Drowning love is, besides being a rather unconventional love narrative, a demonstration of Yamato Yuki’s cinematographical talent. By framing the ever beautiful Nana Komatsu in a concatenations of inventive compositions, Yuki Yamato succeeds in showing how cinematography as such can be used to communicate subjectivity in a romantic narrative. By evoking her subjectivity in a way that allows the spectator to feel like she feels, Yamato has created, despite the obvious romanticism, a sincere and believable account of Natsume’s first love. Nevertheless, the source-material’s complexity is eventually felt in the way the narrative’s develops. While this makes, as a result, the second half of Drowning Love less powerful, the live-action narrative, as a whole, is still able to successfully evoke the main theme of the manga (i.e. the importance of a loved object for the well-being and trajectory of the neurotic subject) in a touching way. And of course, it is also an exquisite appetizer for the spectator who wants to explore the manga, which is, due to the very medium, more rich on character and relational development.
Narra-note 1: What the narrative does show is the emptiness that the intrusive event causes for Natsume. While one could say that she, as subject, escapes into the position of outsider, one should not bypass the fact that the intrusion as such makes as outsider of her.
A second aspect subtle evoked is the tension between image and subjectivity. For her female classmate, like Kana (Yôichirô Saitô), she is but the celebrity-image of the magazines. This tension between image and subjectivity is most sensible in the scene where Kana, after Natsume’s attempted rape-incident, acts like nothing has happened, even though Natsume wanders around in a depressed mood.
Narra-note 2: Note that in the second meeting after the incident Natsume designates him as god. In other words, she tells him that, for her, he has it – it being the phallus. In this speech-exchange, her signifier mends his trauma temporarily, enabling a romantic moment as if nothing happened.
Note that after this romantic moment, Koh reveals his trauma of castration.
Narra-note 3: The ending has to be read as either an imagined mending of Koh’s position or an imaginary re-installment based on a given reality. Either way, the ending evokes nothing other than the re-erection – pun intended – of Koh as phallic, as Koh as her point of desire.
The re-erection of Koh as her point of orientation, the point that orientates her, her kami-sama, explains her success as actress as well. By finding Koh reflected in her acting-partner, she does not have to act her feelings. It is also a subtle way to highlight, an a romantic way, that her love for Koh is enduring.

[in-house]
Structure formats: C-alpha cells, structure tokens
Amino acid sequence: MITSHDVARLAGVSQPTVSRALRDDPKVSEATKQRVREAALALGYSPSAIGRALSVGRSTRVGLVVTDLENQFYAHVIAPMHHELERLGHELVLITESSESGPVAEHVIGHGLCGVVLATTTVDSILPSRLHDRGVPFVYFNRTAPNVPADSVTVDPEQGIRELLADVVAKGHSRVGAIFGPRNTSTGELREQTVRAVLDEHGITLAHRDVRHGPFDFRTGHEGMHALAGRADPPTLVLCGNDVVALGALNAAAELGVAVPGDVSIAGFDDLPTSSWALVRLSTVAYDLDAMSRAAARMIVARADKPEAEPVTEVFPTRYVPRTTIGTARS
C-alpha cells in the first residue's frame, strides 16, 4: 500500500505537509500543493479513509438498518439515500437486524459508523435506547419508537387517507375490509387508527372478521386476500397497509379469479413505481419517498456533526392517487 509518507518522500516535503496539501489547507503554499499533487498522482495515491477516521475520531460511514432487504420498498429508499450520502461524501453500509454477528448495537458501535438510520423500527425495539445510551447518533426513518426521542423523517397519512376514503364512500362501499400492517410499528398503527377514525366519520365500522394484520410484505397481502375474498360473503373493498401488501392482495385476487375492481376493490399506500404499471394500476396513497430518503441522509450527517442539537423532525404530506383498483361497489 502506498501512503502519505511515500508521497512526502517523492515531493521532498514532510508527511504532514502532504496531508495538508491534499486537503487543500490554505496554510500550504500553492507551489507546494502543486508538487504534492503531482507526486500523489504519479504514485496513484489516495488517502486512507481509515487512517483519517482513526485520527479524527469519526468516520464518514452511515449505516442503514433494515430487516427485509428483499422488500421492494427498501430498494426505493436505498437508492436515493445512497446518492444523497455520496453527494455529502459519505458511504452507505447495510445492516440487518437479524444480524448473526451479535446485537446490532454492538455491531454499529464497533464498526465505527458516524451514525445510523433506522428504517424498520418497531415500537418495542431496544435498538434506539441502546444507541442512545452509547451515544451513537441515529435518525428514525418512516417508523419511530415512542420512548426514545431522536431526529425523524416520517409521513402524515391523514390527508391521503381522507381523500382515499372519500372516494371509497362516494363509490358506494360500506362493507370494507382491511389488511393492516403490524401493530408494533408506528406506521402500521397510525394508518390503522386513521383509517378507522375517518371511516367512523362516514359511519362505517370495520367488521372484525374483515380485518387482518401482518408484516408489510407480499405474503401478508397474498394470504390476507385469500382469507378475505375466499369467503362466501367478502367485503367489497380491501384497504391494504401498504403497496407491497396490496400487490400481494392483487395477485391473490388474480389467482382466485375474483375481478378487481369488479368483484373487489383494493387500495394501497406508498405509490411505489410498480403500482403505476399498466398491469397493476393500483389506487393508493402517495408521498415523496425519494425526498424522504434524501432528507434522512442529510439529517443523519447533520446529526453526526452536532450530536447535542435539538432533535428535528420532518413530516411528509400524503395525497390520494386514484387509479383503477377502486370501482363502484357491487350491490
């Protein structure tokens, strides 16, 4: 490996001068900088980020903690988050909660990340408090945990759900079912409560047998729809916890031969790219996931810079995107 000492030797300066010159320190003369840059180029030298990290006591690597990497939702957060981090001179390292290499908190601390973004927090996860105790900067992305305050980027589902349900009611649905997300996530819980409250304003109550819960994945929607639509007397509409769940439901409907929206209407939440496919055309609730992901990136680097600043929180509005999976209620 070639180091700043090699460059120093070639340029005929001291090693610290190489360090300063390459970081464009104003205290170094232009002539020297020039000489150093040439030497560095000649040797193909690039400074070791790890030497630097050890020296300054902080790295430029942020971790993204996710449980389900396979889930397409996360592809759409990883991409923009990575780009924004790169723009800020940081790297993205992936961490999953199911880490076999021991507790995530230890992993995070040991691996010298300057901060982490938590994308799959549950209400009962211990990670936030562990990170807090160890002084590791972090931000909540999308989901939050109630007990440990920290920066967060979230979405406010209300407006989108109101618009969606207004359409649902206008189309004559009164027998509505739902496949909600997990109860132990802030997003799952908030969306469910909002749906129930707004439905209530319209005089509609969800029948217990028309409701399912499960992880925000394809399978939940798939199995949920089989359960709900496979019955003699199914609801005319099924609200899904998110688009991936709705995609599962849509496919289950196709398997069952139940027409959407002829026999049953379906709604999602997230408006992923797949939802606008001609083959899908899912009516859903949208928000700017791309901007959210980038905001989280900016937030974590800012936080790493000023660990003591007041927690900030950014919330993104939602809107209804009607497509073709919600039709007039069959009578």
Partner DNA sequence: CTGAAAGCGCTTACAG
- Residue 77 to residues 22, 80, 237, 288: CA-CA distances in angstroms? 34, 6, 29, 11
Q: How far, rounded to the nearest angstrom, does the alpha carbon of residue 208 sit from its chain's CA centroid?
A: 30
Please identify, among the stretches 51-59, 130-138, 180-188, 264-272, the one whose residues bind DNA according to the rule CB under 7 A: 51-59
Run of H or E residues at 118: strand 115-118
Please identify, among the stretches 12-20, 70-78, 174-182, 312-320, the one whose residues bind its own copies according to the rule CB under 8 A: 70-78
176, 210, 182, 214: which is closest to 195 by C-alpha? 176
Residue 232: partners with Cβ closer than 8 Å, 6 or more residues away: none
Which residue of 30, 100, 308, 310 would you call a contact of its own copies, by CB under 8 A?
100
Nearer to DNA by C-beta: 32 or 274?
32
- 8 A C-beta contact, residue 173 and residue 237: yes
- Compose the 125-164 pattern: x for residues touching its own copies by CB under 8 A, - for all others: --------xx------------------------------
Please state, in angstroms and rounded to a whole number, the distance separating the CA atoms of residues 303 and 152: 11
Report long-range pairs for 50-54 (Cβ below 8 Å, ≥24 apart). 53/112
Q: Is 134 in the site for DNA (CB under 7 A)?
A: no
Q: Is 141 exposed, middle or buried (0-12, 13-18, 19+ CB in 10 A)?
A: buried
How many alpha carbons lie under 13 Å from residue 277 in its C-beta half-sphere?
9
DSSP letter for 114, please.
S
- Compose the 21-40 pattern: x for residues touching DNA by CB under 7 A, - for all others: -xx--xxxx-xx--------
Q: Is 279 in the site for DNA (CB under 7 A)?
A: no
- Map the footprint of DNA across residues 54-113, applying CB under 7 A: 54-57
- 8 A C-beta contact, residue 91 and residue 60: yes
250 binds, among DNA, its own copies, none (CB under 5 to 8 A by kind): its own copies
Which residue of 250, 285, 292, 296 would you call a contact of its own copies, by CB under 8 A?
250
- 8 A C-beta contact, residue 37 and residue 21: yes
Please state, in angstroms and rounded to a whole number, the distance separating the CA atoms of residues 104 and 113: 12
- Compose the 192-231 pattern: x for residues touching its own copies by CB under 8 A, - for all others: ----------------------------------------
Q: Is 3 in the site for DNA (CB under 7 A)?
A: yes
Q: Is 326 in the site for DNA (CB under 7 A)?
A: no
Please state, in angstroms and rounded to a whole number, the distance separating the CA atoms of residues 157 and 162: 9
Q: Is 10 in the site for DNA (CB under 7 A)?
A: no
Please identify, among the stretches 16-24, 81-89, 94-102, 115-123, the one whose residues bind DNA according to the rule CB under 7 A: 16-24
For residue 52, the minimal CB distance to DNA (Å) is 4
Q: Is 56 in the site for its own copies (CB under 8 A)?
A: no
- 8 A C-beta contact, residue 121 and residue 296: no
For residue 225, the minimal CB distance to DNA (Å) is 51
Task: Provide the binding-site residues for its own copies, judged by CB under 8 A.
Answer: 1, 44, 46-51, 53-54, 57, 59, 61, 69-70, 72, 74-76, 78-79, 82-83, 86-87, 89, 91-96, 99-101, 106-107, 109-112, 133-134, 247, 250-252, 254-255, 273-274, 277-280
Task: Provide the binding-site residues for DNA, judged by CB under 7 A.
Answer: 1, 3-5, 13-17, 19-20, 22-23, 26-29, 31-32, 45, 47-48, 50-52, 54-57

Cine-Note 1: Note that the following shots that not explicitly focus on Natsume, Natsume is still implicitly implied in the shot, i.e. she is passenger in the car as well as she is part of the ensemble of the family.
There are of course exceptions to this rule, i.e. in framing Shogo Hironoh (…) or Otomo. Even so, one could still argue that some of these moving shots mirror Natsume’s moving gaze.
General-note 1: Note that the fire festival and the concept of the kami is fundamental to the narrative in general and Natsume’s experience of love in particular.
General-note 2: While the narrative focusing on the gossip – gossip as creating distance between the female students and Natsume as subject – the narrative does not really focus on the importance to make narrative of the trauma – she is, as a matter of fact, left alone with her trauma.
While one can read the end of the narrative as ‘making narrative’, the lack of this healing process can also be read as a subtle revelation of the very aspect where Japanese society fails its female subjects.
This failure is also felt in the very fact that, despite the coverage in the media, the incident does not receive its symbolic conclusion. The incident, due to the settlement, is not given any enduring symbolic public reality.
Sound-note 1: The use of a narrating voice, further highlights the narrative’s emphasis of Natsume’s subjective position.
Sound-Note 2: Drowning Love also has a great crystal clear sound design. Noisiness is sensibly noisy, the calming sound of waves is sensibly calm, …etc.
Cine-Note 2: One obvious exception to this is the framing of the fire festival. This composition aims to evoke the atmosphere of the festival rather than any subjective experience of it.
One can see that the music of the festival is added to the imagery at the editing table, as the shot of a drummer reveals his drumming not to be in line with the music.
Cine-Note 3: Repetition of shots of this meeting – subjective flashbacks – keep on highlighting the impact of their meeting for Natsume. In one case, the flashbacks add additional information that was not present in the initial framing of the meeting.
Acting-Note 1: Nana Komatsu gives a truly great performance as Natsume. It is her performance as such that enables the blend of music and cinematographical composition to believably evoke her sincere experience of love.
The believable framing of her first love is also supported by Masaki Suda’s fitting performance. And Daiki Shigeoka’s performance and his chemistry with Komatsu succesfully infuses the narrative with touching lightheartedness.